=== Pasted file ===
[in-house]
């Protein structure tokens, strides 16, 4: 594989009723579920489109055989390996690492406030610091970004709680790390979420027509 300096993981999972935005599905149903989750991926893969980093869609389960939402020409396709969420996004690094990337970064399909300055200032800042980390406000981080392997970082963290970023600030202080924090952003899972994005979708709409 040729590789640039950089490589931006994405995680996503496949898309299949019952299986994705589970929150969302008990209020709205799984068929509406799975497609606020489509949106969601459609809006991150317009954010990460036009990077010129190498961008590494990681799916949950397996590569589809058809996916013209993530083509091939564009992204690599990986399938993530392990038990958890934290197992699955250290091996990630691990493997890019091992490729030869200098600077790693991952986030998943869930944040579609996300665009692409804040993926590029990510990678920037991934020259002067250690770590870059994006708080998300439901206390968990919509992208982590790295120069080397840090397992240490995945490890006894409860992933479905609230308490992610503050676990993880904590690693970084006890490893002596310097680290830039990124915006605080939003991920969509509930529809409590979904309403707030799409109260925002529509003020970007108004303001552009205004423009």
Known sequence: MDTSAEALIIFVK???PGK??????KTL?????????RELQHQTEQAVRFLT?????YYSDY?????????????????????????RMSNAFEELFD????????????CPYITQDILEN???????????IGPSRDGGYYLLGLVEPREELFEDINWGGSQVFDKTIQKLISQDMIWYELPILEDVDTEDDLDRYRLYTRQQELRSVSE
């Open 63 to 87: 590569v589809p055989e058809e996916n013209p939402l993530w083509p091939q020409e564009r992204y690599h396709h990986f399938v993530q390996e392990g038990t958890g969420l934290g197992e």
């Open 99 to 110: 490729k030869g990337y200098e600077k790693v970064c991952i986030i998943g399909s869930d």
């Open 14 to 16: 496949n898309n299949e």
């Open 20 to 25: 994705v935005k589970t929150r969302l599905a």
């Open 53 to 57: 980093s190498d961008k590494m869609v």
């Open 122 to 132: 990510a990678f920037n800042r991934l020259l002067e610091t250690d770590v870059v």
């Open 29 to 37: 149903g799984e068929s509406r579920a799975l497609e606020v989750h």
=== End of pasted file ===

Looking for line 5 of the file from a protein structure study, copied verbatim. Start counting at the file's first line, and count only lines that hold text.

């Open 99 to 110: 490729k030869g990337y200098e600077k790693v970064c991952i986030i998943g399909s869930d």